We hadn't heard that there were two tunnels, but we went through it as well. This time with more confidence and the same strategy: peddle fast and stay sharp. Finally it ended and we continued up a long sloping hill which led off into a distance which we could not see. The rain began again. As we climbed steadily up the hill Charlie called out that my front tire looked flat. In fact, it was. In the madness I hadn’t even noticed that my front tire had popped. I hopped off my bike grabbed Charlies handle bars so he could work and quickly we began changing the tire. The rain continued to poor. After pumping like mad with our emergency pump Charlie finished the wheel. We got it back on my bike and in an instant were moving again, ever up the slopping hill.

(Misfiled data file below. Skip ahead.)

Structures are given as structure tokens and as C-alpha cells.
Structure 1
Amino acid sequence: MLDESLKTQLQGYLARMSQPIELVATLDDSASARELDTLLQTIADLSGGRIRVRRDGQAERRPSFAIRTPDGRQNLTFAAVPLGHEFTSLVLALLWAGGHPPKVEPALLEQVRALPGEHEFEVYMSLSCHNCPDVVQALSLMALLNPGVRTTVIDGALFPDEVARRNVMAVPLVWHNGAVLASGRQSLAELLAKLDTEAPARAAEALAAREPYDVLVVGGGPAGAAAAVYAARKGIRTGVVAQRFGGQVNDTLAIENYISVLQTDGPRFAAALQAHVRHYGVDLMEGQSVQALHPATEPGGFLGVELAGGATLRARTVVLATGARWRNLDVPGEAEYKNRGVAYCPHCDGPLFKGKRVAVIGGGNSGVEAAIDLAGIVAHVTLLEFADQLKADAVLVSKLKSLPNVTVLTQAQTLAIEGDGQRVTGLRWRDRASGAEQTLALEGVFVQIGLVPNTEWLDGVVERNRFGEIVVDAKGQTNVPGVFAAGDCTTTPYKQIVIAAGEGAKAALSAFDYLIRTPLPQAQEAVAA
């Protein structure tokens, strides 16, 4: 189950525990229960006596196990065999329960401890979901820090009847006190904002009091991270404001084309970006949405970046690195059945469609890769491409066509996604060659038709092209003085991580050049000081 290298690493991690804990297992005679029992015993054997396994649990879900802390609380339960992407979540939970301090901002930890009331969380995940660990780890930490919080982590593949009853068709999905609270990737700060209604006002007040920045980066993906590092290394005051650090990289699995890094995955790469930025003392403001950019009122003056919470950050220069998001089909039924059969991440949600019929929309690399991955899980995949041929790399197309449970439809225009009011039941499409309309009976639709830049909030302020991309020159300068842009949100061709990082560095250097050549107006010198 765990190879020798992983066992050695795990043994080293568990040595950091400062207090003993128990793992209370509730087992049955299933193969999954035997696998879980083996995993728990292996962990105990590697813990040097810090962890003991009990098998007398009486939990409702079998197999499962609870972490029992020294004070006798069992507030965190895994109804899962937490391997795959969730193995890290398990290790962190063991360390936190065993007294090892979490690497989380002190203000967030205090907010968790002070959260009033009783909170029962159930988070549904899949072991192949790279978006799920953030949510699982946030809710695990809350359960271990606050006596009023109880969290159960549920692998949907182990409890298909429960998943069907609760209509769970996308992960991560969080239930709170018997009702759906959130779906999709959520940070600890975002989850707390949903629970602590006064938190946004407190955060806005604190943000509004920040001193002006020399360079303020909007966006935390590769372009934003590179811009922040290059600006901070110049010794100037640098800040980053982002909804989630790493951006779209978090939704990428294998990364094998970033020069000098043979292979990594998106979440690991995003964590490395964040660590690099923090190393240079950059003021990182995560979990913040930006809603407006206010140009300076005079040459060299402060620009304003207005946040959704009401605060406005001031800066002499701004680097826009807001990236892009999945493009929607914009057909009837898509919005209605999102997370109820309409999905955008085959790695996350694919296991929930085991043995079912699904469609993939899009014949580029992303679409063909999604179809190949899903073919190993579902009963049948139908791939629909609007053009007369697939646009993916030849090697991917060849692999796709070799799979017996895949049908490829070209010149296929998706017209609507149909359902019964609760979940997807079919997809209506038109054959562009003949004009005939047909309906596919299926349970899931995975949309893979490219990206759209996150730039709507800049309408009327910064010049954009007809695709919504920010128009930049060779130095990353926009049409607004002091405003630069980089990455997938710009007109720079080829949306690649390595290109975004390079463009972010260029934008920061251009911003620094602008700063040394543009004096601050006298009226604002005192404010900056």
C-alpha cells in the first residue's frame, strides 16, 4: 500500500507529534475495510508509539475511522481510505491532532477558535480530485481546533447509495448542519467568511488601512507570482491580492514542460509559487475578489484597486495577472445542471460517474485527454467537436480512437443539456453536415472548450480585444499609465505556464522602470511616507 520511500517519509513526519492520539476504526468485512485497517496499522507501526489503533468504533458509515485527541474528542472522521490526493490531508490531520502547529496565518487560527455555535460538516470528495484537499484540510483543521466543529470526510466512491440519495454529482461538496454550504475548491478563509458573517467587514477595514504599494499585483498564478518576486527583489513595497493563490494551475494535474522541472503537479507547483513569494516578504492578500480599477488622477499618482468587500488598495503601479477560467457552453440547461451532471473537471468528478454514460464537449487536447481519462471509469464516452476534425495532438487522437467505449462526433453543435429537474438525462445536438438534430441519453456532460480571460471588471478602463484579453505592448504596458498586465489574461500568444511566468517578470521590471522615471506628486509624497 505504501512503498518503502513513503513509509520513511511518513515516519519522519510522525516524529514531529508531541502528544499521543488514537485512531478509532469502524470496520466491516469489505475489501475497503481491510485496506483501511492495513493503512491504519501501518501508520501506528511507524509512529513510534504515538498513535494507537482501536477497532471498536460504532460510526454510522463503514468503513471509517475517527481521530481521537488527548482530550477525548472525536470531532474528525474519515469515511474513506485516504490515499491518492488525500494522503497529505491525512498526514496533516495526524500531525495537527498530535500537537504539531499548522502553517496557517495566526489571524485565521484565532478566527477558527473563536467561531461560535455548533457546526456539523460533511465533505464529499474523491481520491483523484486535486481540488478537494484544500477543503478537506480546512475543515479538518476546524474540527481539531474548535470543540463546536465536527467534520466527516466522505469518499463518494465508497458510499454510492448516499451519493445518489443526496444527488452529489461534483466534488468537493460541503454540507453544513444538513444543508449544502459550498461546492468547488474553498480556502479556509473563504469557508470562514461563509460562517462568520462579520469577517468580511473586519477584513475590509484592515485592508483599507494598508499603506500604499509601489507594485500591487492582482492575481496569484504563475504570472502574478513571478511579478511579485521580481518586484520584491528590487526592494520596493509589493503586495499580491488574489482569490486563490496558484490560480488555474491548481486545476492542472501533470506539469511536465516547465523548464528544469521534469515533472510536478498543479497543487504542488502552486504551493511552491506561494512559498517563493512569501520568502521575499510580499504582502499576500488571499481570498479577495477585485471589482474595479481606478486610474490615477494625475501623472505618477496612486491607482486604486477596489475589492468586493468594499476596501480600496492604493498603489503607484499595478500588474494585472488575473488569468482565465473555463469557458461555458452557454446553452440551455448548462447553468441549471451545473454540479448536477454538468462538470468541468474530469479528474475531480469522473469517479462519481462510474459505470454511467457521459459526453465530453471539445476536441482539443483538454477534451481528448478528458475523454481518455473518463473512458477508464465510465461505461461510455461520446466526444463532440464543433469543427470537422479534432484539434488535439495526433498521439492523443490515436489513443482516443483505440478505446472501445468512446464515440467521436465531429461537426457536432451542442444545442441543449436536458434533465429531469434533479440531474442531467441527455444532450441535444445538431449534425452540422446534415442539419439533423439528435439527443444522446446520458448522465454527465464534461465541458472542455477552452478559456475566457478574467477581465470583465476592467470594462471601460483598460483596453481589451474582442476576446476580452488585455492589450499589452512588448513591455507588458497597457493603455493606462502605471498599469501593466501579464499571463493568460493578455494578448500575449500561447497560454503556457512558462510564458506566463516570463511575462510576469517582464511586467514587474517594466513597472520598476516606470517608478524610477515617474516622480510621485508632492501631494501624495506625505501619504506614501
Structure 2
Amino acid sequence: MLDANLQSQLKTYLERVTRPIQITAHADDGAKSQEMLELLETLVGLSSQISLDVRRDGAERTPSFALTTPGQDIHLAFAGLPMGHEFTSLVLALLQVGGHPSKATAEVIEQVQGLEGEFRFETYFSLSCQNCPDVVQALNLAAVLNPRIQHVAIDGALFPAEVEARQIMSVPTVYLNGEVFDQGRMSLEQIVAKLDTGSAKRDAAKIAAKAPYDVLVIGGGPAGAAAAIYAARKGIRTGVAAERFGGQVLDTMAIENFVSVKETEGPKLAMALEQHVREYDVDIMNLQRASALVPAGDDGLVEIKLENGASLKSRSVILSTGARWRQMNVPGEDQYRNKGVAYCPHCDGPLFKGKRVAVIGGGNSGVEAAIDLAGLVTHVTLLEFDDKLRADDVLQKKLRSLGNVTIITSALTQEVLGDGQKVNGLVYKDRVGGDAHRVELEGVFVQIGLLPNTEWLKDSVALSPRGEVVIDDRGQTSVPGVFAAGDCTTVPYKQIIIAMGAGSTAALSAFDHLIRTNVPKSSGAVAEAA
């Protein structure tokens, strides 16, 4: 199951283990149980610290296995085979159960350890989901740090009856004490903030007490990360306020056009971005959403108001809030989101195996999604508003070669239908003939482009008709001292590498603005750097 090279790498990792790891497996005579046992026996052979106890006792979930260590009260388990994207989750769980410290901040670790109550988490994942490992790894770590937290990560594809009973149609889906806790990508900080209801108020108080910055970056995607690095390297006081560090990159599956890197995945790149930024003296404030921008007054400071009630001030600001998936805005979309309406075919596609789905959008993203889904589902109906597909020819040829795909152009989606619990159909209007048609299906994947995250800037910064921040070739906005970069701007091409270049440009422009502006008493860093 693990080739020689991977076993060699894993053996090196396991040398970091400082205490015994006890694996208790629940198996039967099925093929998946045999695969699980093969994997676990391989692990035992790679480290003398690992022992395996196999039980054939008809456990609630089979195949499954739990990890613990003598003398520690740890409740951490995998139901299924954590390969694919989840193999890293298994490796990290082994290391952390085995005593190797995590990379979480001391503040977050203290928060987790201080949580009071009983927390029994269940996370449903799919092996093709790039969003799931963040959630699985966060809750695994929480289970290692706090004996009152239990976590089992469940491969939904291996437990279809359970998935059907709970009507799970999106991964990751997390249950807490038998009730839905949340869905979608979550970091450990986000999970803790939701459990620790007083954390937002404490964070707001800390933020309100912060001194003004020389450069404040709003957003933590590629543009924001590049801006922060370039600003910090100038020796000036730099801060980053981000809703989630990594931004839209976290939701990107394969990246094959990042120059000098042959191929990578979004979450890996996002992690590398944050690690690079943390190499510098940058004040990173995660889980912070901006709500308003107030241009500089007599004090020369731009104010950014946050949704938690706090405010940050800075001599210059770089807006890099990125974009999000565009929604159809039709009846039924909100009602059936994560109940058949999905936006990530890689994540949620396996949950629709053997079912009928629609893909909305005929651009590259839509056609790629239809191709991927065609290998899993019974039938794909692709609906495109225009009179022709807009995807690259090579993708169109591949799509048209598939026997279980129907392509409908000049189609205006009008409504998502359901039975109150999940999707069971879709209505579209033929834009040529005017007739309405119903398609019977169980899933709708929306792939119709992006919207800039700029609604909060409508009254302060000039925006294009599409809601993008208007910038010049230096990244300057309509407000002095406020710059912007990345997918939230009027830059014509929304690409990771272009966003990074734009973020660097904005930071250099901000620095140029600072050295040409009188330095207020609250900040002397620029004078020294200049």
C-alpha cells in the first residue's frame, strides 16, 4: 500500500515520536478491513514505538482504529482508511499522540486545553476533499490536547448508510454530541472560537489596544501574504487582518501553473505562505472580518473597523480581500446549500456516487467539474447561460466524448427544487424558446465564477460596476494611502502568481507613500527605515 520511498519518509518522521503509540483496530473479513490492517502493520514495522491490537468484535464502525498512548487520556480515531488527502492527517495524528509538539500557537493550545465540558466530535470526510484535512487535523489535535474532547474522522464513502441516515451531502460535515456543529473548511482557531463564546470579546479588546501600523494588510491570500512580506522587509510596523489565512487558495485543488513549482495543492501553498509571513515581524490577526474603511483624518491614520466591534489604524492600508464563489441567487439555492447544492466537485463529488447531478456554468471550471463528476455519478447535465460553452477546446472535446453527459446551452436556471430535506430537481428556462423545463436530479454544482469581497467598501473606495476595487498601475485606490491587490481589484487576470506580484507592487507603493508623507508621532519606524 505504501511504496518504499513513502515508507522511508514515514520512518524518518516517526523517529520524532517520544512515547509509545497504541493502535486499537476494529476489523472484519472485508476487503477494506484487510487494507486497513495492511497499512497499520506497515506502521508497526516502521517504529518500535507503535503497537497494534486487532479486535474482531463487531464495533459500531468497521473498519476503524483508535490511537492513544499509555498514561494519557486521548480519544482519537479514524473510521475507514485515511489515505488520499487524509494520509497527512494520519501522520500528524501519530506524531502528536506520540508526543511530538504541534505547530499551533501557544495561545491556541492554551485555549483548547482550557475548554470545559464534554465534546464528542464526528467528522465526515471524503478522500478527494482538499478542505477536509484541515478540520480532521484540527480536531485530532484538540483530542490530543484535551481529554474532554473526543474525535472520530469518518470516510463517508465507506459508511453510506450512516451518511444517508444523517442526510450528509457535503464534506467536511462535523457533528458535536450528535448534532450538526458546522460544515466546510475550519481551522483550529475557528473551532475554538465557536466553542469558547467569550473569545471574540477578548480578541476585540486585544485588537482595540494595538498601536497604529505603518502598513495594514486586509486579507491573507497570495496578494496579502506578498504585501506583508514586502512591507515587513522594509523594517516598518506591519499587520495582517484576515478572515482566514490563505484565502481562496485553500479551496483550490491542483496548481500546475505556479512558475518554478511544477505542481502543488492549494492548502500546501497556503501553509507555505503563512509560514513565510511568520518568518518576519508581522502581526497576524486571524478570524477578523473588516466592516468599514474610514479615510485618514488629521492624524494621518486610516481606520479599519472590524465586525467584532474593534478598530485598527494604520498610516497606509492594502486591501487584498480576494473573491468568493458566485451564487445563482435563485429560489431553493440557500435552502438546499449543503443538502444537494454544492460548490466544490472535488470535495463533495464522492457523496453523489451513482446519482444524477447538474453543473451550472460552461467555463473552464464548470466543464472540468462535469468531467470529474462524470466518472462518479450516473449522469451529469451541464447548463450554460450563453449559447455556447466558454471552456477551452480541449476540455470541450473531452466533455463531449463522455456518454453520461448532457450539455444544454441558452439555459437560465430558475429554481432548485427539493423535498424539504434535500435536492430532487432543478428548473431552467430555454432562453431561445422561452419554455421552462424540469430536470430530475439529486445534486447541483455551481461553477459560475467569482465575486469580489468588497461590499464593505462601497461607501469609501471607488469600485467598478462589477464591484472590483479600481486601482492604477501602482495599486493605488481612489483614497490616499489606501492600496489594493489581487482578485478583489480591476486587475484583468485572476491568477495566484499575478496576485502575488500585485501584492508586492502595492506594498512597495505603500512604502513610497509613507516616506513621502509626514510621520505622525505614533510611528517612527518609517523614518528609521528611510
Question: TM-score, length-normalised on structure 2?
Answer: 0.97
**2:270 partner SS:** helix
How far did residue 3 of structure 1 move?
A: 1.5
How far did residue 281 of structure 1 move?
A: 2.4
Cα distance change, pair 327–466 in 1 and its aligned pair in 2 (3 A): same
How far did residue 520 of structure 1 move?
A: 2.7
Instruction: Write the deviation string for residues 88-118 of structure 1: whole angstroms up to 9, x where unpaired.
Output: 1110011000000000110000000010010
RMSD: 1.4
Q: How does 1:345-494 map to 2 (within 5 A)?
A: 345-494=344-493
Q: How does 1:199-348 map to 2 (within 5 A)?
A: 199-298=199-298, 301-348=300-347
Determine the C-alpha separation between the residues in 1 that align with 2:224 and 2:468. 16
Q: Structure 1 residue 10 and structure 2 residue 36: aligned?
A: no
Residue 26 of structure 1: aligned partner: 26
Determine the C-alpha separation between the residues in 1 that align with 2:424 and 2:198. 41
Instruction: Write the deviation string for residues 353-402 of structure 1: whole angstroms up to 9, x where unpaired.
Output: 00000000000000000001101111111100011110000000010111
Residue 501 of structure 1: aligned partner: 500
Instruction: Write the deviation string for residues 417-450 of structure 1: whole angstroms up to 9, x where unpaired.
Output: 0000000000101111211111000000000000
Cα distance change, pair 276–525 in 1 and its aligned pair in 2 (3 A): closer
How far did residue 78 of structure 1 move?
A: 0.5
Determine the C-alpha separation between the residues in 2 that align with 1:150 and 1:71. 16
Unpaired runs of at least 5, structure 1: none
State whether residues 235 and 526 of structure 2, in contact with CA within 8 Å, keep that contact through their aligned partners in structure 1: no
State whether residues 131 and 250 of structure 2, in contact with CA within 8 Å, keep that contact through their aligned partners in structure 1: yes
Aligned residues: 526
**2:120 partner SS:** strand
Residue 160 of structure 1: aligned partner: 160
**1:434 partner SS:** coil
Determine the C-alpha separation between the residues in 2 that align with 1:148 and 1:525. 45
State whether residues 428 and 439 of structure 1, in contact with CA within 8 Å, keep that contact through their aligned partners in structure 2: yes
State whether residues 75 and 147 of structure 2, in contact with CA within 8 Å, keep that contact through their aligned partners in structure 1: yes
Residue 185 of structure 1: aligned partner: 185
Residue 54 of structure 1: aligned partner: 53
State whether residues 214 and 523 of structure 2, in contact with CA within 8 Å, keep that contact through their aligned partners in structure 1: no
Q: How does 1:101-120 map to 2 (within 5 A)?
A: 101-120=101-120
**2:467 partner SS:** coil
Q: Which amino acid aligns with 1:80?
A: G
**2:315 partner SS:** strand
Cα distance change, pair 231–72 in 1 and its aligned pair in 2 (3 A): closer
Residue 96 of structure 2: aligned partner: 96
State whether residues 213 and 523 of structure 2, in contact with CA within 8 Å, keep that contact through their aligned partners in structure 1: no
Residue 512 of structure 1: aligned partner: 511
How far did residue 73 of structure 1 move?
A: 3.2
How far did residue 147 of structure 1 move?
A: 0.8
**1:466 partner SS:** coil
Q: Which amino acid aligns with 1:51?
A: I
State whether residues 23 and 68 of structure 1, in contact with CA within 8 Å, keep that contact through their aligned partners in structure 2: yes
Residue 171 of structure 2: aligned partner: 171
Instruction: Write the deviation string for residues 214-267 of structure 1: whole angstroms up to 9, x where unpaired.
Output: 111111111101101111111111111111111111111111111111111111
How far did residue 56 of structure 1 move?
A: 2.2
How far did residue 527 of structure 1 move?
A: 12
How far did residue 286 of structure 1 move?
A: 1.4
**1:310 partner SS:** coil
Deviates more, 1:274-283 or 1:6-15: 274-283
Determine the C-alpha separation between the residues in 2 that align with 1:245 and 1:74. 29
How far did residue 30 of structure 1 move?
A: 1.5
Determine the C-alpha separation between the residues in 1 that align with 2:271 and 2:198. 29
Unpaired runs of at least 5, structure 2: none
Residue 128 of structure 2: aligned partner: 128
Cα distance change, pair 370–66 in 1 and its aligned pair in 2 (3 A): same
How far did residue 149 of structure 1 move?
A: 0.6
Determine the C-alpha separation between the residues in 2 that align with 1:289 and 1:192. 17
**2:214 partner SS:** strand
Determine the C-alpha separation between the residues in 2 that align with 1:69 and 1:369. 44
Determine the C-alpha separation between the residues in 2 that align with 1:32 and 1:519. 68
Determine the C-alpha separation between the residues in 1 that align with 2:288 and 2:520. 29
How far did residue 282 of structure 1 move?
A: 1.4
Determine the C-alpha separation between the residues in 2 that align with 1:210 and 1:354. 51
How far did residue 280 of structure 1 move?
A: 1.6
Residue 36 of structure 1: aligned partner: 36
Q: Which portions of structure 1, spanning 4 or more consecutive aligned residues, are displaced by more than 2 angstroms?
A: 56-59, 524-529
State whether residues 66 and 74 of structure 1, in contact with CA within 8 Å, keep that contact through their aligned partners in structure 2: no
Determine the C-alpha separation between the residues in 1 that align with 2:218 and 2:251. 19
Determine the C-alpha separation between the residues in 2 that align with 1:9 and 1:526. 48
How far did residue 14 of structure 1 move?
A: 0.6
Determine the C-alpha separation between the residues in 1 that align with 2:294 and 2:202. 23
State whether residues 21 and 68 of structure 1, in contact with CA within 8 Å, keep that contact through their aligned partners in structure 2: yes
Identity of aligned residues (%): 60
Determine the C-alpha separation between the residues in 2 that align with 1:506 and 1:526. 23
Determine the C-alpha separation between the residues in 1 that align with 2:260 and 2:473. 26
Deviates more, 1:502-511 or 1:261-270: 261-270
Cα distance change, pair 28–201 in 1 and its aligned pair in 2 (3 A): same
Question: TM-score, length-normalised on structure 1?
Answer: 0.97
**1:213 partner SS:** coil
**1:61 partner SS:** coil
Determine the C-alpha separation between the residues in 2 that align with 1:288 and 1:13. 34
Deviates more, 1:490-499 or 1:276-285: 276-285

Finally after 6 more miles of puddles, lighter rain, pot hole, and gravel we met another metal gate similar to the one we encountered on the west side of the turn pike. This time there was more room to pass and we rode on through. Down a dirt cliff we descended, walking our bikes, for the final time, leaving the turn pike behind and with only three quarters of a mile until the Econolodge were we would stay. We pulled up, got a room, showered, and went to dinner. Charlie and I hugged, joked and moved on. We were only at the end of week one, the trip had only just started.